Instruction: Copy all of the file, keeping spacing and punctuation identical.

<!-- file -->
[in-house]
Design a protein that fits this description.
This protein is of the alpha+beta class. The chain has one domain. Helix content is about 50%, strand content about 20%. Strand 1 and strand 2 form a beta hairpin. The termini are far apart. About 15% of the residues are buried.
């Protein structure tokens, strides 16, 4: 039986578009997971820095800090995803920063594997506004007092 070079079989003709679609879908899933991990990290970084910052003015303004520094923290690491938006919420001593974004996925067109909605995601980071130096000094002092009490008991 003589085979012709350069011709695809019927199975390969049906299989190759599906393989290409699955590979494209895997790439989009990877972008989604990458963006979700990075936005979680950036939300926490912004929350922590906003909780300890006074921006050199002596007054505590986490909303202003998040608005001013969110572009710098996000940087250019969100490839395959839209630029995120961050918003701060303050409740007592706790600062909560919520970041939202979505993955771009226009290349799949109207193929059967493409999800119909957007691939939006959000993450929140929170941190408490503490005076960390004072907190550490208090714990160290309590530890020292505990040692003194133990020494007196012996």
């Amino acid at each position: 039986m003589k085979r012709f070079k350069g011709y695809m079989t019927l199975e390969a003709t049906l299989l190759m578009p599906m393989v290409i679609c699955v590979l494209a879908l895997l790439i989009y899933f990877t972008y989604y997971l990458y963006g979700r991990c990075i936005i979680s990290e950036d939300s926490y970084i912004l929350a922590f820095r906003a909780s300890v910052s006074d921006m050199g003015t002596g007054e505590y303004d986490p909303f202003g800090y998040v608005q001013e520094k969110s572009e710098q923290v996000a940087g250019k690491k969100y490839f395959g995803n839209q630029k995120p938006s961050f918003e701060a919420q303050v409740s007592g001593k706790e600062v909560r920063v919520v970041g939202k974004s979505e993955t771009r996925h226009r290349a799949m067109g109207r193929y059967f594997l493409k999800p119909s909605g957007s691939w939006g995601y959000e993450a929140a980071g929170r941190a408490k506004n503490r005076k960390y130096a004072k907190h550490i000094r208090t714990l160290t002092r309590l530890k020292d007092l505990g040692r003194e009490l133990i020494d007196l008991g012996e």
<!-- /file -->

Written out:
[in-house]
Design a protein that fits this description.
This protein is of the alpha+beta class. The chain has one domain. Helix content is about 50%, strand content about 20%. Strand 1 and strand 2 form a beta hairpin. The termini are far apart. About 15% of the residues are buried.
């Protein structure tokens, strides 16, 4: 039986578009997971820095800090995803920063594997506004007092 070079079989003709679609879908899933991990990290970084910052003015303004520094923290690491938006919420001593974004996925067109909605995601980071130096000094002092009490008991 003589085979012709350069011709695809019927199975390969049906299989190759599906393989290409699955590979494209895997790439989009990877972008989604990458963006979700990075936005979680950036939300926490912004929350922590906003909780300890006074921006050199002596007054505590986490909303202003998040608005001013969110572009710098996000940087250019969100490839395959839209630029995120961050918003701060303050409740007592706790600062909560919520970041939202979505993955771009226009290349799949109207193929059967493409999800119909957007691939939006959000993450929140929170941190408490503490005076960390004072907190550490208090714990160290309590530890020292505990040692003194133990020494007196012996």
């Amino acid at each position: 039986m003589k085979r012709f070079k350069g011709y695809m079989t019927l199975e390969a003709t049906l299989l190759m578009p599906m393989v290409i679609c699955v590979l494209a879908l895997l790439i989009y899933f990877t972008y989604y997971l990458y963006g979700r991990c990075i936005i979680s990290e950036d939300s926490y970084i912004l929350a922590f820095r906003a909780s300890v910052s006074d921006m050199g003015t002596g007054e505590y303004d986490p909303f202003g800090y998040v608005q001013e520094k969110s572009e710098q923290v996000a940087g250019k690491k969100y490839f395959g995803n839209q630029k995120p938006s961050f918003e701060a919420q303050v409740s007592g001593k706790e600062v909560r920063v919520v970041g939202k974004s979505e993955t771009r996925h226009r290349a799949m067109g109207r193929y059967f594997l493409k999800p119909s909605g957007s691939w939006g995601y959000e993450a929140a980071g929170r941190a408490k506004n503490r005076k960390y130096a004072k907190h550490i000094r208090t714990l160290t002092r309590l530890k020292d007092l505990g040692r003194e009490l133990i020494d007196l008991g012996e």